She can create beauty when she wants to, and she often does, like in "Hopeless Situation" (I love the way she sings, "What are we? Are we artists here?" - those lines have already gotten stuck in my head). But it's like the journey is the most important element in these songs. "I don't need a destination, I just need to walk/I need to gather my thoughts and take a stock of my words/Give me music," she sings in "Sing For Me." And there are plenty of surprises on her new album, The Living Record. She can dip into indie pop, as well as folk. And then a song like "An Invitation In Three Parts" has more of a country feel at times, partly because Steve Dawson plays pedal steel. "Paper Anniversary" is another surprise, in that it's a duet. It's an unabashed love song, sung with Jim Byrnes.
The Living Record features all original songs. It's interesting - there are moments when she reminds me a bit of other artists, like The Nields, Tori Amos or Dar Williams, but those moments are fleeting. There is no one quite like Christa Couture. The Living Record is a really strong album, and each time I listen to it, I am more enamored of it. Different songs stick out as favorites on each listen.
"You Were Here In Michigan"
The Living Record opens with "You Were Here In Michigan," a pop-folk tune that has a bright feel, due in part to its drum beat. I love Christa's delivery of "when I told her no" - just that quick quiet way she says "no," like an actor tossing away a great line to make it even funnier. The full line is "She said, 'well isn't Canada part of America now?' and was surprised when I told her no." The refrain is, "I am lost in the city, but don't take pity on me," a line a lot of folks can relate to.
"Good Bayou" is more of a folk tune, and right away I really like the guitar work. The silly title actually made me laugh. Christa does some seriously adorable things vocally on this one, and I can't help but love this song about her "boy from down the bayou." She describes him as her "favorite phone call." This one too has a bright, positive feel. Then there is an interesting change for the line, "Anywhere in Canada is so far from Louisiana."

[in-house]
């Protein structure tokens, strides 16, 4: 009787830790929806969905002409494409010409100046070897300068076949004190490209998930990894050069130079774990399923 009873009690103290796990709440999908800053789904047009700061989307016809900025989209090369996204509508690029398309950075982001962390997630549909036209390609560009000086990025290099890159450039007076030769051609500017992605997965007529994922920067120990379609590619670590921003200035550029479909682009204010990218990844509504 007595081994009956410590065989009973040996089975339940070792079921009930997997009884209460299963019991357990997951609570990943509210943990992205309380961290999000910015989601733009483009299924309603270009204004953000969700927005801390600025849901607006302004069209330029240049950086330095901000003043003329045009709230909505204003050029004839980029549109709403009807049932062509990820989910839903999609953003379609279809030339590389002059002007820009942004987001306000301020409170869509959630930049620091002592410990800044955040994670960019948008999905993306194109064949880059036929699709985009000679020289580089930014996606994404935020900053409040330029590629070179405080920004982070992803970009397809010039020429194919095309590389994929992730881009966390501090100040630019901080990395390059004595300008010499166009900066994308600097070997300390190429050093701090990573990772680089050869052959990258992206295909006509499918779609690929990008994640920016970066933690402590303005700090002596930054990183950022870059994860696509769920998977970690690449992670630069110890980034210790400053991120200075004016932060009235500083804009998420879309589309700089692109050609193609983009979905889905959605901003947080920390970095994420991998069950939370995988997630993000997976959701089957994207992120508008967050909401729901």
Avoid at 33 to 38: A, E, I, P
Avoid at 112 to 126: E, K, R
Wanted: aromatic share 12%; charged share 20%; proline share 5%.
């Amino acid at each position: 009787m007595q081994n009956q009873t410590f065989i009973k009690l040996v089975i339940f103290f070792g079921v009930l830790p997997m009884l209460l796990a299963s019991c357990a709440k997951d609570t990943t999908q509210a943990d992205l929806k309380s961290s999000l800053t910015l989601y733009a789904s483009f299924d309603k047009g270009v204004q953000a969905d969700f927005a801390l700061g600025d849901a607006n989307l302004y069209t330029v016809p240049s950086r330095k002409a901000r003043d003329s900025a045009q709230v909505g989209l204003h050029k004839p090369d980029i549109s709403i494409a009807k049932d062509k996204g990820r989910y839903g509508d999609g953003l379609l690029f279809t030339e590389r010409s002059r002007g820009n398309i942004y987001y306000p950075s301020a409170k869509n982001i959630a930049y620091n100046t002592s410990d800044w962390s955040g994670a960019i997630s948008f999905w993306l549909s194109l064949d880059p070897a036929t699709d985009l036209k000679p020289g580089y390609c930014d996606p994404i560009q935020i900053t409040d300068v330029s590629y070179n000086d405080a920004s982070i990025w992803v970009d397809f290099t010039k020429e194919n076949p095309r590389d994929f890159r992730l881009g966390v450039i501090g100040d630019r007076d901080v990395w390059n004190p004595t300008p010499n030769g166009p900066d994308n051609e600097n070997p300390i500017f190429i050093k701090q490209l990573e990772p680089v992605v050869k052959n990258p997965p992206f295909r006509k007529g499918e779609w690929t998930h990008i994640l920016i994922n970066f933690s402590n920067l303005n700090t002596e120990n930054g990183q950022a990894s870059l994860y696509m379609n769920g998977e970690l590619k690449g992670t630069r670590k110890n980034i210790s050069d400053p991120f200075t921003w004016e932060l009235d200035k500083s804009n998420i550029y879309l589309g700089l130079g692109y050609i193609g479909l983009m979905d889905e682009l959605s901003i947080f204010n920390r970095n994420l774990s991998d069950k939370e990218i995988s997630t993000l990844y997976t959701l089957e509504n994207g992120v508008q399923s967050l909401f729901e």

"Lucky Or Lost"
"Lucky Or Lost" is a slower, softer, sadder tune that opens with the line, "It's hard to say if I'll ever gain capacity for joy again because where I'm broken is so very broken." She is amazing with this kind of song, and is adept at breaking your heart if she wants to. But you get the sense that's not what she's trying to do, for her music has something of a healing about it.
This song is driven by piano and her voice. I love the way some of the lines are given as almost a whisper, like she almost doesn't want to admit them, like, "I'm a witness of catastrophe, a kind of nightmare." Then suddenly the song changes three and a half minutes in, taking on a strange vitality, almost a forced brightness as she sings about going through the motions and getting closer to the life she wants to live, before taking on a more naturally dark tone ("deep down in the soil/deep down in the hole") before turning more to its main feel.
"Pirate Jenny And The Storm"